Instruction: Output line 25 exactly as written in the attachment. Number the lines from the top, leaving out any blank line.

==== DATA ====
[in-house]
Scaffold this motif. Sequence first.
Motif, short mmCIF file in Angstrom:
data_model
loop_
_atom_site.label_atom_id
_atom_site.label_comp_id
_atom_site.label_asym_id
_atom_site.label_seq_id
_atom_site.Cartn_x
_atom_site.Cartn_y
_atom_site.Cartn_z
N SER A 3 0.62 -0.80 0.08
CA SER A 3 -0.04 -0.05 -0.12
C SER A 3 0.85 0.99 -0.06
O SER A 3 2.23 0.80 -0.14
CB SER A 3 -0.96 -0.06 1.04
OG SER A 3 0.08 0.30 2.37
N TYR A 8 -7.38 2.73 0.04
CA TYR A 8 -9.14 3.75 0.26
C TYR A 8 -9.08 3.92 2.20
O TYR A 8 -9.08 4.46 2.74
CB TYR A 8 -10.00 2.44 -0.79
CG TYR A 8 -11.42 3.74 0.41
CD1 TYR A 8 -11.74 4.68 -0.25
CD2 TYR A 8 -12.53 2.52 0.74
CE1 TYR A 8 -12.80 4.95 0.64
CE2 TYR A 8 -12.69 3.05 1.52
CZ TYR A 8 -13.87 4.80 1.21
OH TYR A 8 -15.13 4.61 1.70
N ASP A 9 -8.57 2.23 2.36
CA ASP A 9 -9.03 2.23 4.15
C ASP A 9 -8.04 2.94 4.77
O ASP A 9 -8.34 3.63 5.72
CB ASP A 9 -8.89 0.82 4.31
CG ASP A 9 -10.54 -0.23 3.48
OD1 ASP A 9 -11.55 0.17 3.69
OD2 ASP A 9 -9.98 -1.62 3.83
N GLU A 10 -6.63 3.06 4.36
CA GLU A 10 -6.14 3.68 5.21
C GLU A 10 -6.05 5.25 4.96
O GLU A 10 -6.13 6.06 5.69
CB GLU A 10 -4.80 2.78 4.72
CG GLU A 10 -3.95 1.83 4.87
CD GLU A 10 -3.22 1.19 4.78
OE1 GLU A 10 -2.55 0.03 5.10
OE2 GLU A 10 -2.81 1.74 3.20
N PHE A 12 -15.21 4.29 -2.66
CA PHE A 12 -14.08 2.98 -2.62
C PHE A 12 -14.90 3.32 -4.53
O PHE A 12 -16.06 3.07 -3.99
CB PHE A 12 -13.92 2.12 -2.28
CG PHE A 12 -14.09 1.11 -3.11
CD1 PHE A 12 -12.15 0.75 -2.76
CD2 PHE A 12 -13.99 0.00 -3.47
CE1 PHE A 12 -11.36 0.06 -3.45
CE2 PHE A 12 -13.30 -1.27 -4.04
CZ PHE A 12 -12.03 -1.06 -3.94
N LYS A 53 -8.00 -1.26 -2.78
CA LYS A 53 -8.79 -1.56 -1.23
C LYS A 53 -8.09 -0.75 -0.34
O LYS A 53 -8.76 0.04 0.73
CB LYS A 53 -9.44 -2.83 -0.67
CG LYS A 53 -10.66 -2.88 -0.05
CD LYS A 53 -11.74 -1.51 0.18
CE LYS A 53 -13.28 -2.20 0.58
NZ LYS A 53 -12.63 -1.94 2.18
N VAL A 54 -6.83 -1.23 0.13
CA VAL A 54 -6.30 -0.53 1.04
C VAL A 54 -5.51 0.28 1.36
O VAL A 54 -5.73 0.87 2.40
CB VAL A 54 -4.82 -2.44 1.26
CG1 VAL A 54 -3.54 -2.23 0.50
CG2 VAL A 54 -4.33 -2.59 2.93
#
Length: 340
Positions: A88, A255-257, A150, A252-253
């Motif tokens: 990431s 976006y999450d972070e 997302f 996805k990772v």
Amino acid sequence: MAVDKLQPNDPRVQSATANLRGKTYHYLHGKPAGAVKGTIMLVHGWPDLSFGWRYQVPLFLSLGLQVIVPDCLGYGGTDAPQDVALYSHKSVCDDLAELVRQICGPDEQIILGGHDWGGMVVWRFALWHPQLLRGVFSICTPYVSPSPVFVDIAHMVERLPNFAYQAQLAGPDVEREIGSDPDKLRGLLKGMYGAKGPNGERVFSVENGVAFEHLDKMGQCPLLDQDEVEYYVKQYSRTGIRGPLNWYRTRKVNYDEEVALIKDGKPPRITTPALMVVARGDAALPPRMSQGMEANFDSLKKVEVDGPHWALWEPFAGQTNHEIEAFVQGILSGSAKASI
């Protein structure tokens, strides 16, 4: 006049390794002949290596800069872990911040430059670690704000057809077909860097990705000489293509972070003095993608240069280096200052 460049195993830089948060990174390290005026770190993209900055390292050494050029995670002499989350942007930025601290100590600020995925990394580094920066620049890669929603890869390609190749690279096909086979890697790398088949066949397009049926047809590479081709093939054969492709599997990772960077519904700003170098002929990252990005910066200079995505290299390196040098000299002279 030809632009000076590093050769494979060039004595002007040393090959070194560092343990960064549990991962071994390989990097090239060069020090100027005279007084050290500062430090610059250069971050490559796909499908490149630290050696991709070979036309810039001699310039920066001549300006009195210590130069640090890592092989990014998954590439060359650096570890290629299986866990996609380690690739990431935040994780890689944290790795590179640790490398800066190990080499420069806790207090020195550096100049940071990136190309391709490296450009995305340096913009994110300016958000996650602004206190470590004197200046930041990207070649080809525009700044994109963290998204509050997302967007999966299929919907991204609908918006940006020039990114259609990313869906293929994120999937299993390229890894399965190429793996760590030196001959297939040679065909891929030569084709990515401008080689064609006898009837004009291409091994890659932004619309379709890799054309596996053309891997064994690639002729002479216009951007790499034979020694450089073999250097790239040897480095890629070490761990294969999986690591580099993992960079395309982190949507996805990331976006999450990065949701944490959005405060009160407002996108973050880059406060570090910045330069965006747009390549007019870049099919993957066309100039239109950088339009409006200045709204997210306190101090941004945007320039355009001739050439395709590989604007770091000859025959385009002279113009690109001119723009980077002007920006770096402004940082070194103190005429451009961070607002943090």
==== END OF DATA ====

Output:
CD1 TYR A 8 -11.74 4.68 -0.25